Saturday, 13 June 2015

A PIGEON SAT ON A BRANCH REFLECTING ON EXISTENCE (En duva satt på en gren och funderade på tillvaron) - Review By Greg Klymkiw - The third in Roy Andersson's "Living" Trilogy is a fond, sad and funny farewell to a world of muted existence, of deadpan whimsy (Swedish-style, of course). @ TIFF BellLightbox & rest of Canada via FilmsWeLike

A Pigeon Sat on a Branch Reflecting on Existence (2015)
Dir. Roy Andersson
Starring: Nils Westblom, Holger Andersson

Review By Greg Klymkiw

How much you'll enjoy Roy Andersson's A Pigeon Sat on a Branch Reflecting on Existence will most likely depend upon how much Roy Andersson you can take, if at all. He is, to be sure, either an acquired taste or one who is immediately embraced by those who experience his unique vision for the first time. Though he made his first feature in 1970 (the acclaimed A Swedish Love Story) and his sophomore effort in 1975 (the unjustly reviled Gillap), most of his contemporary followers discovered him with the first in his astonishing "life" trilogy, Songs from the Second Floor in 2000, then the second, You, the Living, in 2007 and just this past year with the final instalment which won the Grand Prize at the Venice International Film Festival.

If you've never seen his previous work, never fear. A Pigeon Sat on a Branch Reflecting on Existence can easily be enjoyed without having experienced any of his films, including those first two instalments of the trilogy. What you might have to first get over - I know I did - are the touches of whimsy permeating the work. If there's anything I can't stand, it's whimsy. Happily, this is neither French nor Belgian whimsy, so it doesn't immediately land like so many globs of bilious chunks blown into a vomit bucket.

It's Swedish - THANK CHRIST! - which immediately takes it into the territory of deep, almost unrelenting sadness. Not that you won't laugh, though. Andersson is a veritable knee-slap-inducer of the highest order. Some have idiotically linked him to the grotesqueries of mid-to-late Fellini, but for me, he's always been a curious amalgam of Chaplin (albeit on heavy doses of lithium) with splashes of De Sica/Rossellini neo-realism and, best of all, the deep ennui of Ingmar Bergman and the pathologically insane reliance upon tableaux so rooted in most of Carl Dreyer's canon (post-The Passion of Joan of Arc and notably in Ordet and Wrath of God).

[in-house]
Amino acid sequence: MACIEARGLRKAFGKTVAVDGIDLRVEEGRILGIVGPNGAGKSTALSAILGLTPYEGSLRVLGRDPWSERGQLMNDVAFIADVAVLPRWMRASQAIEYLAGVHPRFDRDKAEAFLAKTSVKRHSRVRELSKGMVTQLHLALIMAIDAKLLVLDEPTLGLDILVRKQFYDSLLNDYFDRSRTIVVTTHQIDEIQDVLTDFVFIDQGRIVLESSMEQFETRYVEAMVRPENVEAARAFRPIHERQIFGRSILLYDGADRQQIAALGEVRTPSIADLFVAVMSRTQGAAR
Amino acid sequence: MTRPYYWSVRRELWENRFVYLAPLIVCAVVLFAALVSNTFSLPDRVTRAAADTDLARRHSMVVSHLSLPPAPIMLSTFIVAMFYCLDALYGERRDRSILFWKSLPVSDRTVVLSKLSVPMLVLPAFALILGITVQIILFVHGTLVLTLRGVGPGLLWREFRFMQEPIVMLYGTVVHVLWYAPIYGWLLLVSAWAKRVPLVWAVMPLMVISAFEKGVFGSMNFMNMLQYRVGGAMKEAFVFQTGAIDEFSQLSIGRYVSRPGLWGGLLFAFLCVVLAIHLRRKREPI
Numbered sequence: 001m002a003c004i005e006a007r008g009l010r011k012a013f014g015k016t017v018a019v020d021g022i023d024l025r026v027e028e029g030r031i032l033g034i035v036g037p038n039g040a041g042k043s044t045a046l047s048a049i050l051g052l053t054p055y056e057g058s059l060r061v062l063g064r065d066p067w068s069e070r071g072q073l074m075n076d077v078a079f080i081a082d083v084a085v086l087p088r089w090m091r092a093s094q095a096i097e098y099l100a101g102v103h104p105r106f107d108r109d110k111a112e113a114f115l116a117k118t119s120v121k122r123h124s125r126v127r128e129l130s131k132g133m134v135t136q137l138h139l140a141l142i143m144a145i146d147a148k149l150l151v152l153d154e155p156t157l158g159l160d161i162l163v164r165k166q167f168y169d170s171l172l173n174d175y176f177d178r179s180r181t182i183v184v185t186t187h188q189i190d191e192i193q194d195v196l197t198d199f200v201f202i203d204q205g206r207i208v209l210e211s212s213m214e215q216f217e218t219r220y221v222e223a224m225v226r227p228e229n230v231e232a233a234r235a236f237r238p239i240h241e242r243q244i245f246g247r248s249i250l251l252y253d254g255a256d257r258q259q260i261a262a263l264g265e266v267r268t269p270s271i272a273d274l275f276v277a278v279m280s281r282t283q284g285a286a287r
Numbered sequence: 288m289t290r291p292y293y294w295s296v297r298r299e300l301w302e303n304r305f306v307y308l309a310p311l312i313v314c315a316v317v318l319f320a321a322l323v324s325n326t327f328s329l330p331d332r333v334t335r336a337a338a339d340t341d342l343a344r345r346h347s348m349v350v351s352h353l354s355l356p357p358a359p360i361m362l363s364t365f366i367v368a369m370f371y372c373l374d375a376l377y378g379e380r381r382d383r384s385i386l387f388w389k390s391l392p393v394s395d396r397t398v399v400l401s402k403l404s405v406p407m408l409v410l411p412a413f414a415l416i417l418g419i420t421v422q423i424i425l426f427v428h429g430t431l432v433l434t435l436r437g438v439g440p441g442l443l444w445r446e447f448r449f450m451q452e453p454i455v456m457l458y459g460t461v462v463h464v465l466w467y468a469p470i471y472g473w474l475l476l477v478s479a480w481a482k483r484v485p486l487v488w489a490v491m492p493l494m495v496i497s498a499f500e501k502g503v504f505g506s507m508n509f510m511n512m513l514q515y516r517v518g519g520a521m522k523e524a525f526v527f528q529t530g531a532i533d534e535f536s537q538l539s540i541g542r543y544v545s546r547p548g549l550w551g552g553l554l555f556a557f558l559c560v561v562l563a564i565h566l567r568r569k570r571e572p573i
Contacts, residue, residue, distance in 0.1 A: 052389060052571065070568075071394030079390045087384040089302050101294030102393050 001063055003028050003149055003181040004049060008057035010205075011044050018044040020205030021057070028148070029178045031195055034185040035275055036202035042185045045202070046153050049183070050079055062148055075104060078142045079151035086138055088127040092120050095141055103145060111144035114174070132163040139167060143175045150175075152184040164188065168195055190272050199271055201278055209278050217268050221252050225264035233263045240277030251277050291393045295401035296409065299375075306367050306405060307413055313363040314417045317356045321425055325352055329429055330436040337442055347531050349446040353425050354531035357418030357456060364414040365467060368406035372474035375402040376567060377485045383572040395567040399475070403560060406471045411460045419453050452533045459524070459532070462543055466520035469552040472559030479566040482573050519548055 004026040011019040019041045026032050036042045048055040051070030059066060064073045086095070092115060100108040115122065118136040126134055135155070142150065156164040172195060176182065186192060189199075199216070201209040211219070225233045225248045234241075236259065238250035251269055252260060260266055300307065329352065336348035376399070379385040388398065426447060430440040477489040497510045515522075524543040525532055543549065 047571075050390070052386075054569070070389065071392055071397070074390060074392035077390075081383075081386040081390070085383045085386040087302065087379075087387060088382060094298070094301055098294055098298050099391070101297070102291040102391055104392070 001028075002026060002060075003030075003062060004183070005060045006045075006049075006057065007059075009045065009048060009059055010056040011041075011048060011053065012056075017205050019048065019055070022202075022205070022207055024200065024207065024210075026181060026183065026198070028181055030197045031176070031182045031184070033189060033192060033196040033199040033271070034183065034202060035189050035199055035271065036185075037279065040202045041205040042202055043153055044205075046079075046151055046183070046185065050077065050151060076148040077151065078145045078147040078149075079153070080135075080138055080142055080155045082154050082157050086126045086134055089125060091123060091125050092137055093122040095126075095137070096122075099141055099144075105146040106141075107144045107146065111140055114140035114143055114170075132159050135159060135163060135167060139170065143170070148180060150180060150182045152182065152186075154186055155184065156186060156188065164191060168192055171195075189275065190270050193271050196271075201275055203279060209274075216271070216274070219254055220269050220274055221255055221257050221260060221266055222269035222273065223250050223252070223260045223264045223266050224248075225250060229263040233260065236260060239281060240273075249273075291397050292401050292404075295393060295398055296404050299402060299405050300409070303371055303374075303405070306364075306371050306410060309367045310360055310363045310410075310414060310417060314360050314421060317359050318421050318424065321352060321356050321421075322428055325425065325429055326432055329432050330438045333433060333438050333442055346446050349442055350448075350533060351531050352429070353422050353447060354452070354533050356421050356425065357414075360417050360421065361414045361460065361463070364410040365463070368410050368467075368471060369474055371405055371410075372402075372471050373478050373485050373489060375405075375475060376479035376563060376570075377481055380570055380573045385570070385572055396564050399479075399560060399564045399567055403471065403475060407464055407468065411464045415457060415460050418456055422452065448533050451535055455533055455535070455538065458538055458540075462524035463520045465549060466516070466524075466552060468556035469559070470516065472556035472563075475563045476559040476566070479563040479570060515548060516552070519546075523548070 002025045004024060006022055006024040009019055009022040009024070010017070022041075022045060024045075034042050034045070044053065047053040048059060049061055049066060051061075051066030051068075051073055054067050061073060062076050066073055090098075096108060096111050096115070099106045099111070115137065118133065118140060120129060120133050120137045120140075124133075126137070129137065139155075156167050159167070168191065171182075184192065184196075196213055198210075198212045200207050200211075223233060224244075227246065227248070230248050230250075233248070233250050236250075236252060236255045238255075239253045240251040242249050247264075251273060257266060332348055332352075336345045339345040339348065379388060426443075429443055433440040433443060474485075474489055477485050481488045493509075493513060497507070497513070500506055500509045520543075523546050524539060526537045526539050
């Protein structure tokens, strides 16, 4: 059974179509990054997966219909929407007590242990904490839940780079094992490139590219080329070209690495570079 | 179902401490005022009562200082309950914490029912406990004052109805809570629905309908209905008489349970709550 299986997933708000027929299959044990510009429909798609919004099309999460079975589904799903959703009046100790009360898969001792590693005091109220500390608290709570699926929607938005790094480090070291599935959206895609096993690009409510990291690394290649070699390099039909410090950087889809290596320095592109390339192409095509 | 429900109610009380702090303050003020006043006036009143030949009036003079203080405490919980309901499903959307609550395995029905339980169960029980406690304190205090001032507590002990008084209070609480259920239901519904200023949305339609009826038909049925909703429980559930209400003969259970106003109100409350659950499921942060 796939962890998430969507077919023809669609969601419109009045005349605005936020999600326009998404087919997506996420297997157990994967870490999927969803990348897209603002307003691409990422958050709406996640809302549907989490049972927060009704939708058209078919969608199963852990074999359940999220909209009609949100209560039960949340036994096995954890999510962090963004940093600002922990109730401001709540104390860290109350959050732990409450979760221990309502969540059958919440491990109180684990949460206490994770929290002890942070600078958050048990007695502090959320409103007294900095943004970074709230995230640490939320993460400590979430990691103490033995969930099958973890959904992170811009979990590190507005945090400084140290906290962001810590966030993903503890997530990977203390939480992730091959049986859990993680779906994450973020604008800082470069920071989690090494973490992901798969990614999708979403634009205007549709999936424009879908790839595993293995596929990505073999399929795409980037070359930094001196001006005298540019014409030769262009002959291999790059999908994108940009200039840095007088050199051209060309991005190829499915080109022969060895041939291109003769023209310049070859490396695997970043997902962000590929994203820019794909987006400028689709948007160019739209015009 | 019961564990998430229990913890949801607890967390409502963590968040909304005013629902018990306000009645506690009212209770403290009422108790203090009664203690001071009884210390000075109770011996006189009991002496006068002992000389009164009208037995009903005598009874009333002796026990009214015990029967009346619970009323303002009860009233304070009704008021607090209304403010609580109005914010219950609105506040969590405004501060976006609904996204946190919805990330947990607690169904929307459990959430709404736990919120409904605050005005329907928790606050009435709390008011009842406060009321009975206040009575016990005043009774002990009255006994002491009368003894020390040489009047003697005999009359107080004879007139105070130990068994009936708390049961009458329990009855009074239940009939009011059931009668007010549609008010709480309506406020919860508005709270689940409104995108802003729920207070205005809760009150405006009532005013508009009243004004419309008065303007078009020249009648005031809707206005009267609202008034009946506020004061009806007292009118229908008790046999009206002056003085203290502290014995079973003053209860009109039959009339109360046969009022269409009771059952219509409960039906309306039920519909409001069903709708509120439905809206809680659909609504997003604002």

Andersson creates images and situations which are often deeply sublime and the laughs he wrenches from you must be paid for in dire, often endless moments where you're shedding tears - often due to the universal truths of humanity which he brilliantly exposes, but just as often because one is simply blown away by his virtuosity as a film artist.

Set in the major sea port city of Göteborg, one would immediately think the place is utterly bereft of the joyous cultural and historical touchstones that make it one of the most vibrant cities, not just in Sweden, but the world. I can't recall a single instance of sun peeking through the heavy clouds, nor any interior that wasn't splashed in fluorescent light and a kind of spartan decor which borders on a complete lack of anything resembling warmth, taste or style. In fact, there are only two instances in the entire film where we see anyone smile. One involves an ever-so brief moment involving children and the other, so heart-rending I refuse to spoil it for you (and, you might even miss it altogether).

Gotta love Roy Andersson! There's nobody out there like him in contemporary cinema, though I'd argue that Austrian Ulrich Seidl or bad boy Lars von Trier are not unlike a Roy Andersson who train their lenses upon the most vile aspects of human ugliness and moral decrepitude.

A Pigeon Sat on a Branch Reflecting on Existence is as episodic as they come. Andersson presents several mini-playlets (he's happily all-too-in-love with a kind of skewed proscenium quality to his compositions) in which we observe slices of life involving numerous characters who are only connected by virtue of living in the same city. Andersson affixes his camera in one position, usually in a slightly off-kilter angle from some discrete corner viewpoint as he almost sneakily seems to be spying upon the action of the scenes. All 100-minutes of the picture is comprised of - I kid you not! - about 35 single shots and they are beautiful, as much as for the dramatic content as they are for their compositional qualities. Somehow, Andersson manages to make the harshly bland quality of the settings as pulchritudinous as all get out.